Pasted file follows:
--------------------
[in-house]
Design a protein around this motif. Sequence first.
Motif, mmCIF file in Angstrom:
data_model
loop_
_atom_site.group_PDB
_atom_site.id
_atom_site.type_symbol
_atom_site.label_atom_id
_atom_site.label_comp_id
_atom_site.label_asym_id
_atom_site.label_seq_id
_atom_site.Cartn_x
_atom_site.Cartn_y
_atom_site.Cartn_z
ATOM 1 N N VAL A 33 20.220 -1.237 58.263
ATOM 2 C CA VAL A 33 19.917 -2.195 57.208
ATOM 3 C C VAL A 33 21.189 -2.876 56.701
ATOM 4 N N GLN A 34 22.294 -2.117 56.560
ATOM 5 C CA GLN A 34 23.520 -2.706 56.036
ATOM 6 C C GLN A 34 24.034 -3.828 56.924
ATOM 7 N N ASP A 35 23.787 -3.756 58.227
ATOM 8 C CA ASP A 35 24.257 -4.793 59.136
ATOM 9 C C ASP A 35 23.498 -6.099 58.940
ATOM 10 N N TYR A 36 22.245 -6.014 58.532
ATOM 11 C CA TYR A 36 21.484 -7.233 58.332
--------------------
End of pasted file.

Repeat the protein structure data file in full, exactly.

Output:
[in-house]
Design a protein around this motif. Sequence first.
Motif, mmCIF file in Angstrom:
data_model
loop_
_atom_site.group_PDB
_atom_site.id
_atom_site.type_symbol
_atom_site.label_atom_id
_atom_site.label_comp_id
_atom_site.label_asym_id
_atom_site.label_seq_id
_atom_site.Cartn_x
_atom_site.Cartn_y
_atom_site.Cartn_z
ATOM 1 N N VAL A 33 20.220 -1.237 58.263
ATOM 2 C CA VAL A 33 19.917 -2.195 57.208
ATOM 3 C C VAL A 33 21.189 -2.876 56.701
ATOM 4 N N GLN A 34 22.294 -2.117 56.560
ATOM 5 C CA GLN A 34 23.520 -2.706 56.036
ATOM 6 C C GLN A 34 24.034 -3.828 56.924
ATOM 7 N N ASP A 35 23.787 -3.756 58.227
ATOM 8 C CA ASP A 35 24.257 -4.793 59.136
ATOM 9 C C ASP A 35 23.498 -6.099 58.940
ATOM 10 N N TYR A 36 22.245 -6.014 58.532
ATOM 11 C CA TYR A 36 21.484 -7.233 58.332